Namibia

Namibia: Intensive efforts to combat poaching are paying off

The Ministry of Environment, Forestry and Tourism says intensified efforts against poaching and other wildlife crime are paying off as law enforcement agencies continue to argue poaching suspects.

This comes after four people were arrested in Kamenjab district on Monday after being found with rhino horns.

“The discovery of these antlers demonstrates consistency in law enforcement against wildlife crime. We congratulate the police and our staff on a successful discovery and arrest in this regard,” says Ministry of Environment spokesman Romeo Muyonda.

Four people were recently arrested for allegedly possessing rhino horns.

Men between the ages of 20 and 46, who were traveling from Kamanjab to Ubo, were implicated in this incident.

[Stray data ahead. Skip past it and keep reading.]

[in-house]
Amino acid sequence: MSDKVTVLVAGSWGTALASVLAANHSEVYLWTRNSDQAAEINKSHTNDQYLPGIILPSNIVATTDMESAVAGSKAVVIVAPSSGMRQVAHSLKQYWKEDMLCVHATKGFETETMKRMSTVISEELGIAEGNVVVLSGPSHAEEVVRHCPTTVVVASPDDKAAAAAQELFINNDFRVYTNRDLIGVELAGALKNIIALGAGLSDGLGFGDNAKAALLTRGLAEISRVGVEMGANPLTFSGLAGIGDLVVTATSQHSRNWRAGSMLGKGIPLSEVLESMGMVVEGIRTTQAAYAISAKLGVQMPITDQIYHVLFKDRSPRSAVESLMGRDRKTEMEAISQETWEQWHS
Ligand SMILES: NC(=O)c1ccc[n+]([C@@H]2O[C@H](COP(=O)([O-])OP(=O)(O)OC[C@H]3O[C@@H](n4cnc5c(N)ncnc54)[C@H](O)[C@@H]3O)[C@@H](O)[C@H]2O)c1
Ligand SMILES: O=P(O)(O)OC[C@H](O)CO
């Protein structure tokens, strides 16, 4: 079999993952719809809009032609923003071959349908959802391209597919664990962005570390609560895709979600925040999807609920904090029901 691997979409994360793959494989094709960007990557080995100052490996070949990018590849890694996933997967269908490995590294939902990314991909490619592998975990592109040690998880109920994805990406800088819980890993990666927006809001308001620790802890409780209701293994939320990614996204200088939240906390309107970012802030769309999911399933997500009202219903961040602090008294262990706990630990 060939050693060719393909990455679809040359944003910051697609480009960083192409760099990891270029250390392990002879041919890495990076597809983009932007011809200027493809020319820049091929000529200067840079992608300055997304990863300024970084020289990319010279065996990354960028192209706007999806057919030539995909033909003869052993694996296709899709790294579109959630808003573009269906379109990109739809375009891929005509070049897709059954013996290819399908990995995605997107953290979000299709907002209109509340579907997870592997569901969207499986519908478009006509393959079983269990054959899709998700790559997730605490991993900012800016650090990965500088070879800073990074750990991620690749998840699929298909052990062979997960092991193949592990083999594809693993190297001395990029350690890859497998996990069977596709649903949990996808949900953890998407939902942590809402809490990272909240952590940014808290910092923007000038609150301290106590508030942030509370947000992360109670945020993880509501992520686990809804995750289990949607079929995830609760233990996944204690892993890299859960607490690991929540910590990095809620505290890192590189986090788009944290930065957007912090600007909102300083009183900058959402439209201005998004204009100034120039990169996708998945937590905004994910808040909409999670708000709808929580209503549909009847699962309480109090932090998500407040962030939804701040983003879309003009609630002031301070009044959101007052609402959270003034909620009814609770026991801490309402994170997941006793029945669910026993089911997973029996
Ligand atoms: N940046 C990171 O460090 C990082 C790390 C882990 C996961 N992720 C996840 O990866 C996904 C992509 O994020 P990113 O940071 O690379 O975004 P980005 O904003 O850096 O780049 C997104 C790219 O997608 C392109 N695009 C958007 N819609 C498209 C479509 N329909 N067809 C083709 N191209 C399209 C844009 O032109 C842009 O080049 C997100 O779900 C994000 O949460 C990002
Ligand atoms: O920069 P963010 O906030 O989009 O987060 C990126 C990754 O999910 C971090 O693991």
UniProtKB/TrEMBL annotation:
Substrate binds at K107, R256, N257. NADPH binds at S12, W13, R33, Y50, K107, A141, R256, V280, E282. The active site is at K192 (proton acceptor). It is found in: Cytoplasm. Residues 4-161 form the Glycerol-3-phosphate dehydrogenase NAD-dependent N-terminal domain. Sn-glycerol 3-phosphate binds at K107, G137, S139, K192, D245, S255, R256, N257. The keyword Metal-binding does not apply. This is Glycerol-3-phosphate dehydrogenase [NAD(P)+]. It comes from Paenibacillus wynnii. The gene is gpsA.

Investigations to determine the value and origin of the antlers are underway.

Muyunda says Namibia’s intensified anti-poaching effort to curb wildlife crime has led to the arrest of suspects in each of the rhino poaching cases.

“The ongoing arrests should serve as a warning to those intent on committing similar crimes that there is no room for wildlife crime in Namibia,” he says.

According to the ministry’s weekly report on wildlife crime, a total of eight new cases were recorded during the week of July 12-18.

Ten suspects were arrested and charged during that week.

Of those suspects, two were arrested for poaching and elephant smuggling.

The report detailed that seven elephant tusks, an impala carcass, two python skins, a live litter, two crocodile skins, two carcasses of pig carcass and one carcass of an oryx were seized.

Furthermore, one wildlife crime case was completed as of April, which involved one suspect arrested for illegal possession and trading of controlled wildlife products.

The suspect was arrested for possession of snake skin and sentenced to 18 months in prison or a fine of NZ$6,000.

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